German retail sales fell unexpectedly in the month in July, data shows, dashing hopes that household spending in Europe's largest economy will be powerful enough to drive a strong recovery in the third quarter from the coronavirus shock.
Retail sales were down by 0.9 per cent on the month in real terms after a revised drop of 1.9 per cent in June, calendar-adjusted data from the Federal Statistics Office showed.
This missed a Reuters forecast for a 0.5 per cent increase, though retail sales are a volatile indicator often subject to revision.
The picture was a bit brighter when looking at the development over the past 12 months.
On the year, retail sales rose by 4.2 per cent in real terms after an upwardly revised increase of 6.7 per cent the previous month, the data showed.
Compared with February, the month before the outbreak of the pandemic, retail sales were 0.9 per cent higher in real terms in July, the office said, suggesting that this sector of the economy managed to recover relatively quickly in a V-shaped development.
In the first seven months of the year, retailers increased their sales by 2.6 per cent in real terms despite the crisis.
The data revealed huge gaps within the sector: sales in shops selling textiles, clothes, shoes and leather goods collapsed by more than a quarter in the January-July period whereas online retailers increased their sales by a fifth.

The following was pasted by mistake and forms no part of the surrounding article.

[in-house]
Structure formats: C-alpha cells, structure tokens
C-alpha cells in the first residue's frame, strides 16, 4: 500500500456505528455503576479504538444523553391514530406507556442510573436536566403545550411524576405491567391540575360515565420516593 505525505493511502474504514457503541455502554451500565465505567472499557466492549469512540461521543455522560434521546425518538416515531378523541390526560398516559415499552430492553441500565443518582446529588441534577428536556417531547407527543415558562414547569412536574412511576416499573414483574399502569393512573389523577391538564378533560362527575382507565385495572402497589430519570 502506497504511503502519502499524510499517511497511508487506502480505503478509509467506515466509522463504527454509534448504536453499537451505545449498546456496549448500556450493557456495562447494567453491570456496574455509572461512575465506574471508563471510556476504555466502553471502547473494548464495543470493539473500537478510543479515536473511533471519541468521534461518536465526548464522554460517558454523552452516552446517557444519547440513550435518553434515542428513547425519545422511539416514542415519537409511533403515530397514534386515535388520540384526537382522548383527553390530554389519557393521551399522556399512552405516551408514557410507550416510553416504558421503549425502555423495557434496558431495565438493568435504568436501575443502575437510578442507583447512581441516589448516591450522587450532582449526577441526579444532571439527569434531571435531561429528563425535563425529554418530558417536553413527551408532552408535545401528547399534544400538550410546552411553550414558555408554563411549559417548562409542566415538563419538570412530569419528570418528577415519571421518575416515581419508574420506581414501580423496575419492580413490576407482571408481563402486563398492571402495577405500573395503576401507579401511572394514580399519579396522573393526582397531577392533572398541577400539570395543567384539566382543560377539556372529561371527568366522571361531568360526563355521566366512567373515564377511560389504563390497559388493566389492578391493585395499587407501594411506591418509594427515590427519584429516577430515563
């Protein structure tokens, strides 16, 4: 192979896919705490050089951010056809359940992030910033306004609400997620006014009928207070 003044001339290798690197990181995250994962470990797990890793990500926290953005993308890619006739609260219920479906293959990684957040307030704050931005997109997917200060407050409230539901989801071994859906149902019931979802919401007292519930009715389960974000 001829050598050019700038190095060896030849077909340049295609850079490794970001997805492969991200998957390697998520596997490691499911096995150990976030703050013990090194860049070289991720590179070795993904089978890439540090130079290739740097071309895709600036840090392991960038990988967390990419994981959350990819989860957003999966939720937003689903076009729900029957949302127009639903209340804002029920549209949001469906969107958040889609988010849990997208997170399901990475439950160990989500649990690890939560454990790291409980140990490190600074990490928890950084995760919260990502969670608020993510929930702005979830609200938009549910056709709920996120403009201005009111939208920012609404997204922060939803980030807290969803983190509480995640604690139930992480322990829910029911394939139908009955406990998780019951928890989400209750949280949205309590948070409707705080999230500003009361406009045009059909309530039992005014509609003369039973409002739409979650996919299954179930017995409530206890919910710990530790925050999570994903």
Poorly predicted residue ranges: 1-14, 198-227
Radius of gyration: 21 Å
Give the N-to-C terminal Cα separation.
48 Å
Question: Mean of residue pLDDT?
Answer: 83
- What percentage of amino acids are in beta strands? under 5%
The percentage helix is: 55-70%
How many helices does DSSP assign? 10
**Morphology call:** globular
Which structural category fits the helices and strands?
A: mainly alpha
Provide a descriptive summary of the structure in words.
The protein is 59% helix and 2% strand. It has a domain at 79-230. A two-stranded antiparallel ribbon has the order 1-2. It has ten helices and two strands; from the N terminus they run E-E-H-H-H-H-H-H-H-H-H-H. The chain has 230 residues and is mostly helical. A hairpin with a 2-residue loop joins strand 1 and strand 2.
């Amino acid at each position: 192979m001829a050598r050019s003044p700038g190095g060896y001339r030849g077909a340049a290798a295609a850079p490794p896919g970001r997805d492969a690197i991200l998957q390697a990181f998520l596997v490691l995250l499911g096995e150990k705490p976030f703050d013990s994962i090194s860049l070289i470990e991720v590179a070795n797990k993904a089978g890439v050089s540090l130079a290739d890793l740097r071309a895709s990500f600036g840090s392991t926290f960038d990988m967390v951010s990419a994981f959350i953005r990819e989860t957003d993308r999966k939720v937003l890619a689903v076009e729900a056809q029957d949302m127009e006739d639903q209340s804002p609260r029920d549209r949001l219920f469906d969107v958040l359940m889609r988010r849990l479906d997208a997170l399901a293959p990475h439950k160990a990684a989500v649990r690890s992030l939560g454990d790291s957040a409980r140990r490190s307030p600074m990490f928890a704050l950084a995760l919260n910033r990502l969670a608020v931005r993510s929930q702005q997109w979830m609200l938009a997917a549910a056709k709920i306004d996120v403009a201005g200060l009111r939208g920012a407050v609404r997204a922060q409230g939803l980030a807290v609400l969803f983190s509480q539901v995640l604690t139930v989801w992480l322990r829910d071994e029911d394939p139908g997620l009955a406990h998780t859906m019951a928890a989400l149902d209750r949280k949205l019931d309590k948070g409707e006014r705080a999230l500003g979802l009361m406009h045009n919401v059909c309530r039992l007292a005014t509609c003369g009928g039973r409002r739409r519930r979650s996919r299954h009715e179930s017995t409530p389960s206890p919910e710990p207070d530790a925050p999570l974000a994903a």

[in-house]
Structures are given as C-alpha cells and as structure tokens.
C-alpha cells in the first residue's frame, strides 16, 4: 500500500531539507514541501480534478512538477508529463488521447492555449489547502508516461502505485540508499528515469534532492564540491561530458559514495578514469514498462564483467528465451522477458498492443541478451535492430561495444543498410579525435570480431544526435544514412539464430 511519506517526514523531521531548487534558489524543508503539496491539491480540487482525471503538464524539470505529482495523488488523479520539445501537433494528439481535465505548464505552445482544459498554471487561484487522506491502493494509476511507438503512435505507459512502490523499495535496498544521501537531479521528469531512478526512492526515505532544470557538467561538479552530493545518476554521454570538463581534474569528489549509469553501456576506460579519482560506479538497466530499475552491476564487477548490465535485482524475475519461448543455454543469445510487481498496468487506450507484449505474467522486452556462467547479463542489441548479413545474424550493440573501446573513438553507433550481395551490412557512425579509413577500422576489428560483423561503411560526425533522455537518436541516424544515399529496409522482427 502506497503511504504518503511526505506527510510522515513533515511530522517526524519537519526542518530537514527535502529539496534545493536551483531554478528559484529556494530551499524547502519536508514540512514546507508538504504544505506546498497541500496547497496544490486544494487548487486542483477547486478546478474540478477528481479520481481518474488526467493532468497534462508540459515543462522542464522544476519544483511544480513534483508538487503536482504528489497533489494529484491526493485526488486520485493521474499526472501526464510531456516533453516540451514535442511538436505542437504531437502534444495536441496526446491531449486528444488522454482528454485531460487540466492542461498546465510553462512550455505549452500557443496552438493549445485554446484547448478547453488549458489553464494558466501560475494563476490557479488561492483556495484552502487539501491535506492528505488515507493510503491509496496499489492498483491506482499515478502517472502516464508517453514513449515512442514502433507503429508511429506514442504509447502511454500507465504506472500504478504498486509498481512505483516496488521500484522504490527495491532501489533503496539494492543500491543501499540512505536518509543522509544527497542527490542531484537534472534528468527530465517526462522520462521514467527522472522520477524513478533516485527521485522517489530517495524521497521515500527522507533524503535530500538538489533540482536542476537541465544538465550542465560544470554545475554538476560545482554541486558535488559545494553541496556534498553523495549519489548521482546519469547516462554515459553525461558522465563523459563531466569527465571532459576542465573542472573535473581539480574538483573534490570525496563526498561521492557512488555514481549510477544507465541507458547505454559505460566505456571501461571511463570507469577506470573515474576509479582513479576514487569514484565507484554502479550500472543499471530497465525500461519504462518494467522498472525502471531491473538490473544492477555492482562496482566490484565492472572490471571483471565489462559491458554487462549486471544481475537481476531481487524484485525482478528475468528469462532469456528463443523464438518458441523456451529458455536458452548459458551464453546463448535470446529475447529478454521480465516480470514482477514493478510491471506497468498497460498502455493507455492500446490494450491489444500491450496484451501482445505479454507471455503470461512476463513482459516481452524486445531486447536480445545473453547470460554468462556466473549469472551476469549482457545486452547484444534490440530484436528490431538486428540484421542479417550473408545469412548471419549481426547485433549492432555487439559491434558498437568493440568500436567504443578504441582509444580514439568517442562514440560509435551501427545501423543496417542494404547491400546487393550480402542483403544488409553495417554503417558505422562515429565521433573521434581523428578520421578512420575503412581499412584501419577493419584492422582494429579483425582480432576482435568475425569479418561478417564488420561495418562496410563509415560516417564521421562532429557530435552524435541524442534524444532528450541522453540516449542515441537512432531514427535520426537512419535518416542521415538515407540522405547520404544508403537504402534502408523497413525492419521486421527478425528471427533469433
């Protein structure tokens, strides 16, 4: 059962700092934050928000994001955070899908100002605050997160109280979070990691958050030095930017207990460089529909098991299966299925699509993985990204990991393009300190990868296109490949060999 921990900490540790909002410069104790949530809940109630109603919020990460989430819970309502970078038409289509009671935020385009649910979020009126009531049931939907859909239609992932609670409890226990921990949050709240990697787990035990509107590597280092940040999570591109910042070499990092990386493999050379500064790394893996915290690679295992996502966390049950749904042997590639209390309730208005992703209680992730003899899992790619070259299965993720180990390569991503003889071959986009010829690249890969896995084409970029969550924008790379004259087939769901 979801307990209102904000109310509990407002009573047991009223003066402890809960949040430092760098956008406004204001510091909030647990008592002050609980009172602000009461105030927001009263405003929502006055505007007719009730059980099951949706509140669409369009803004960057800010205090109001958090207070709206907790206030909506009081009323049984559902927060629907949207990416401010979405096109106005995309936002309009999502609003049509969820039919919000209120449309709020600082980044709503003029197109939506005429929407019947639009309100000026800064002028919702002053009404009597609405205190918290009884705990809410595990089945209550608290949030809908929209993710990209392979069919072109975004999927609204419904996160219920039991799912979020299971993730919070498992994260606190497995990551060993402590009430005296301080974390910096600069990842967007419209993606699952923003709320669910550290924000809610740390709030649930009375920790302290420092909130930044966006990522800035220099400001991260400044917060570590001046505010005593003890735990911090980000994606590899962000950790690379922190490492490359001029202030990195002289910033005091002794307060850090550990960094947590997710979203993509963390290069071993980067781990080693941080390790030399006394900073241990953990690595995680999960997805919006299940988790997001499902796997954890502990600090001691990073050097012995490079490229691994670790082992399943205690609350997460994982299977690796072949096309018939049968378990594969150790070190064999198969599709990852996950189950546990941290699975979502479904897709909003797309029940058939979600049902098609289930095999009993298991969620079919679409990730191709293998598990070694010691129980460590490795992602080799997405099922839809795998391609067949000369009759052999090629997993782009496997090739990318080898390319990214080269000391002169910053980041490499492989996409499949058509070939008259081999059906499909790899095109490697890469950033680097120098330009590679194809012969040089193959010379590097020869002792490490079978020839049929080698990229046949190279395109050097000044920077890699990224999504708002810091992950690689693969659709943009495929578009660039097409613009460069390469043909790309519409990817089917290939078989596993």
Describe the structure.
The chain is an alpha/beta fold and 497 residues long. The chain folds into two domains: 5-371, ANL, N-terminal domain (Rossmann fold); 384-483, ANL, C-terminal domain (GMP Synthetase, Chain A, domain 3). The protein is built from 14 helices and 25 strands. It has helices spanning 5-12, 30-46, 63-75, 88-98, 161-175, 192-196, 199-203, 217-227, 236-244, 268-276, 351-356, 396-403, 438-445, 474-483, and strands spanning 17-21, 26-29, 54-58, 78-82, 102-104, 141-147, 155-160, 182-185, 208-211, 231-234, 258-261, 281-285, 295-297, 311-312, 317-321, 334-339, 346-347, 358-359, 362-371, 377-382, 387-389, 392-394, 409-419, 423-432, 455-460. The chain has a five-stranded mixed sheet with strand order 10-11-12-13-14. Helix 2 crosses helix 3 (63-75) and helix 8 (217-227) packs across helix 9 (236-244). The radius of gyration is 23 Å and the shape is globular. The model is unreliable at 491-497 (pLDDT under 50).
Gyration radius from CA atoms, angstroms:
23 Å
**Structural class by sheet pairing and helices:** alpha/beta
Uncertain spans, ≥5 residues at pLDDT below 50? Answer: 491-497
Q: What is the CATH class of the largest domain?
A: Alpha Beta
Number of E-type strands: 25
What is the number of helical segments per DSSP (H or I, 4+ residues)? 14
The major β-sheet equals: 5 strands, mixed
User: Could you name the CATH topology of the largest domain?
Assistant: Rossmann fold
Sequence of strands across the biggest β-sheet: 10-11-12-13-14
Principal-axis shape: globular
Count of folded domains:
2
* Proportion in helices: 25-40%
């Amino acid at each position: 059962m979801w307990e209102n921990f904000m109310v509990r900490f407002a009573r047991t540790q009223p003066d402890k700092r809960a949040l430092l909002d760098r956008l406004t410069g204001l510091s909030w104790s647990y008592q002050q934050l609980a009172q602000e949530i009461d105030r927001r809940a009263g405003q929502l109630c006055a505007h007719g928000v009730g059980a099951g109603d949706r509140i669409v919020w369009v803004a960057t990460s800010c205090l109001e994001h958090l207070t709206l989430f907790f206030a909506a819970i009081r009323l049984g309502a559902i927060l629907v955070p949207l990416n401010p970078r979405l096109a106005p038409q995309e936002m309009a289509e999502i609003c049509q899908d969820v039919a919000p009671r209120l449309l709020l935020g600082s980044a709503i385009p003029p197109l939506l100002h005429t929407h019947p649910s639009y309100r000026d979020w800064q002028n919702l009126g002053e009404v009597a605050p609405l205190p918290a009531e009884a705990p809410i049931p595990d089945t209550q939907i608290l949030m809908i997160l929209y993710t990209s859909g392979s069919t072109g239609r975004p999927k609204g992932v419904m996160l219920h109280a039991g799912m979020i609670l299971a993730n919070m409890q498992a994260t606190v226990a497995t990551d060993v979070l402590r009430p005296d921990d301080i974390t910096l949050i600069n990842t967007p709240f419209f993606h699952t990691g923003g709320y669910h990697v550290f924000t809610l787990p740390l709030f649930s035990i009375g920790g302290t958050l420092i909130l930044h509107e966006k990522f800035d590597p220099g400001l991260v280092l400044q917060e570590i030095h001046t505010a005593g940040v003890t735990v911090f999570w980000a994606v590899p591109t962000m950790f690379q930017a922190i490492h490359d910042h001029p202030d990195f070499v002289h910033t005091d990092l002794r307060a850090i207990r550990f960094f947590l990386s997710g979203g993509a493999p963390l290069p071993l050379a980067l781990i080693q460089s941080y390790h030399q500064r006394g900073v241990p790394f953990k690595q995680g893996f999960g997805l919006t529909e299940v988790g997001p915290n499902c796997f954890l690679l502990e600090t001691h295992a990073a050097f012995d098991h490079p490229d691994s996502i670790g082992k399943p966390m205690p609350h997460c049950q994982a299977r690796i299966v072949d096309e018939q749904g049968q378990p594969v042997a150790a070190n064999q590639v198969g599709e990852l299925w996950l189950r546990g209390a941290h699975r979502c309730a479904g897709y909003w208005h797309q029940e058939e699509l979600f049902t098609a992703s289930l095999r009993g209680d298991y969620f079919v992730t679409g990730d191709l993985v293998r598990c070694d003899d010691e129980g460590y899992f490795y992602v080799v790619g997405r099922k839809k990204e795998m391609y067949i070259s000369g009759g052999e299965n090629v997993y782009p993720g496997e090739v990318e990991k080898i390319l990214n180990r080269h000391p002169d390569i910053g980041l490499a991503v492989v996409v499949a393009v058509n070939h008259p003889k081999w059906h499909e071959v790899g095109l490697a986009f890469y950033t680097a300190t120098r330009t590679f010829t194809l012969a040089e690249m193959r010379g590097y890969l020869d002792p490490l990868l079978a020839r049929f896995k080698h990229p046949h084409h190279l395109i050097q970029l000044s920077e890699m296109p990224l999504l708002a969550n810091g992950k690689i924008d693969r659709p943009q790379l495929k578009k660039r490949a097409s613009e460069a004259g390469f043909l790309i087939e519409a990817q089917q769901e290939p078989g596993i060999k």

The German economy contracted by a record 9.7 per cent in the second quarter as household spending, company investment and trade all collapsed at the height of the COVID-19 pandemic.
The government has since March unleashed an array of unprecedented rescue and stimulus measures, financed with record new borrowing of 217.8 billion euros, to help companies and consumers recover from the crisis.
The stimulus package includes a temporary cut in value-added tax from July 1 until December 31 to give domestic demand an additional push in the second half of the year.
The government on Tuesday revised upwards its 2020 forecast for the economy to shrink by 5.8 per cent this year from a previous estimate of -6.3 per cent. That would still represent the biggest economic slump since World War II.